Latvians prepare to battle Latvānis

Riga city council and other municipalities across Latvia are preparing to do battle not against little green men but big green weeds, reports Latvian Radio.

Their enemy is remorseless and extremely dangerous, having already gained control of large areas of Latvian territory. It is the plant giant hogweed, known locally as "latvānis".

Riga municipality has confirmed its latvānis action plan which provides that notices will be sent to all landowners on whose land giant hogweed is spotted along with orders to tackle the menace and help in doing so.

"We are advising and warning landowners not to let this infestation spread and to fight it," says Riga city council's Environment Department chief Askolds Kļaviņš. 

If owners fail to comply with Council guidance, they could find themselves taken to court and charged with environmental pollution.

"If he does not take action, then local government will do so then turn to the landowner to pay compensation for the work," said Kļaviņš.

Currently there are 51 known areas of giant hogweed infestation within Riga city limits.

The plant, known in Scandinavian countries as "bear claw" because of its distinctive leaves, is highly invasive and notoriously difficult to eradicate once established.

It was originally brought to Latvia during the Soviet period as fodder for cows, and in some places as an ornamental plant but quickly went rogue and is particularly prevalent on land near Sigulda, Cesis, Nereta, Madona and other parts of the country.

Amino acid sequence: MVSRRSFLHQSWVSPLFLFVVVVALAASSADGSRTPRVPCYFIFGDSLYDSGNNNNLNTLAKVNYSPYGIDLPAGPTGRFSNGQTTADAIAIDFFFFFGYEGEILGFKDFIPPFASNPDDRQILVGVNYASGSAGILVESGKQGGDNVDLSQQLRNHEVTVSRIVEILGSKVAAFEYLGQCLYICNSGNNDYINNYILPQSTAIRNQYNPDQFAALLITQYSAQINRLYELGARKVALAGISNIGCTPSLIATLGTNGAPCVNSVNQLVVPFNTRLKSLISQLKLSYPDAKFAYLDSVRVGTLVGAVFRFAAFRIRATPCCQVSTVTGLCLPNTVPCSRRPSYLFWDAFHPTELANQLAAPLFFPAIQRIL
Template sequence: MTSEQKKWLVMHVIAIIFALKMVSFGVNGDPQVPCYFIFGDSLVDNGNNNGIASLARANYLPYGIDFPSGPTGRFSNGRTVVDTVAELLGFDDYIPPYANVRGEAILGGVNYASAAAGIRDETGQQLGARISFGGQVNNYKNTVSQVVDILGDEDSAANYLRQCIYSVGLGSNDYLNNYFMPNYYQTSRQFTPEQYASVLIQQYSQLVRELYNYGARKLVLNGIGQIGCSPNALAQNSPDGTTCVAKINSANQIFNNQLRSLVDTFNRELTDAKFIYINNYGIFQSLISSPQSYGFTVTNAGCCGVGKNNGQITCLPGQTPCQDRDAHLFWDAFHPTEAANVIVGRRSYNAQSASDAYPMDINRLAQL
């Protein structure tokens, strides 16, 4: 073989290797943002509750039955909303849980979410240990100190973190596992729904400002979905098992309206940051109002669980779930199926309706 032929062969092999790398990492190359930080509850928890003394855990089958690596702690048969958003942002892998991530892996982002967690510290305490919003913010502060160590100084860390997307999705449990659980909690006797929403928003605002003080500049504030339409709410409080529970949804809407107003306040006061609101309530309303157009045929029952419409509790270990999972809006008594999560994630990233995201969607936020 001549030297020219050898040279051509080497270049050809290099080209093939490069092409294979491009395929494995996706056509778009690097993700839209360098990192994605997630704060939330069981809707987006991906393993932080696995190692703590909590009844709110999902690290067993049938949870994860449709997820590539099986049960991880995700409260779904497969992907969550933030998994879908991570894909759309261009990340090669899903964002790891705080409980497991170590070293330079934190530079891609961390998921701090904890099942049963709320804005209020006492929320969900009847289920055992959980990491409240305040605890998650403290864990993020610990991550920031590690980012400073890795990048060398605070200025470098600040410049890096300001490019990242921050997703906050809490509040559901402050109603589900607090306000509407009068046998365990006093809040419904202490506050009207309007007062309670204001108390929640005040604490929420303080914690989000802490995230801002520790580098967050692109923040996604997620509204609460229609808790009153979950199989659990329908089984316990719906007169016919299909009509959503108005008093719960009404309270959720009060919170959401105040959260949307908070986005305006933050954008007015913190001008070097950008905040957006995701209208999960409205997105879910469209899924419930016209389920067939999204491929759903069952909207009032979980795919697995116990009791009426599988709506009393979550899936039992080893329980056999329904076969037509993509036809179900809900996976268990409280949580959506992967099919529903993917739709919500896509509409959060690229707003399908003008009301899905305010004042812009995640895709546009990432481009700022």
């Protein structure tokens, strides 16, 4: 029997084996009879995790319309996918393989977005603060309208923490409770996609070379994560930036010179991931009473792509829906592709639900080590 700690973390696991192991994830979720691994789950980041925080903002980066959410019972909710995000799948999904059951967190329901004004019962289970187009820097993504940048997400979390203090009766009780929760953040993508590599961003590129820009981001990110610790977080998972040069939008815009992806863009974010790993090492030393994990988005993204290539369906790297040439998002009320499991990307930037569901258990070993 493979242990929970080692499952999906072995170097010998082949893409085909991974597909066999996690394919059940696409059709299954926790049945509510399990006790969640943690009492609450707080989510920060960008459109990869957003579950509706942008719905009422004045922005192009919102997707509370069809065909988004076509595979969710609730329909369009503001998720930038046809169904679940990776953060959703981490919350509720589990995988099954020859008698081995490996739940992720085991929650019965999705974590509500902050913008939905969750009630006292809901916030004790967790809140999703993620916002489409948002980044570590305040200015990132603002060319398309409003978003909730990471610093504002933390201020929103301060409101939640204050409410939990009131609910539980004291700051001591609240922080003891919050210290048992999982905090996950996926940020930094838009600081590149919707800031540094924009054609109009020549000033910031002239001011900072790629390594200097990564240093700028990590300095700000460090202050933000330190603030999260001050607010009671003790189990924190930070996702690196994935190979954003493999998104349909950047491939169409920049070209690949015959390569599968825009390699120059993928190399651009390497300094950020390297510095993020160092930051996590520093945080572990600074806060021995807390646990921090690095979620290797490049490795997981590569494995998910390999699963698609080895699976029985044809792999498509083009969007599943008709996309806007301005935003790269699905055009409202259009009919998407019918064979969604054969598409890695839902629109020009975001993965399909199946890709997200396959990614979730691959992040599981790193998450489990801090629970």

The main danger comes from its toxic sap. If it comes in contact with the skin it becomes photo-sensitive leading to severe and long-lasting burns. If it gets into eyes it can cause blindness.

There are also numerous tragic tales of children being attracted to its thick, hollow stem as a toy and suffering awful burns as a result.

Consequently when tackling giant hogweed whether by cutting, digging or chemical treatment, full protection is required.

"A month ago I attended a workshop, and they recommended an integrated and complex technique that requires the use of weedkillers, but also allows natural biodiversity to tackle hogweed," says Zanda Miltiņa of the Agriculture Ministry.

Nor is simple mowing enough. Once the distinctive flower heads have produced thousands of seeds, they can lie dormant in the soil for years.

Agricultural cooperative "Barkavas traders" chief Alberts Gailums says that farmers have had some success tackling hogweed in their fields but that the problem lies in its ability to spread along verges, ditches and the edge of forests where it is extremely hard to counter.

It is estimated 11,000 hectars of Latvia in now in the grip of giant hogweed with anecdotal evidence suggesting that figure is rising rapidly.

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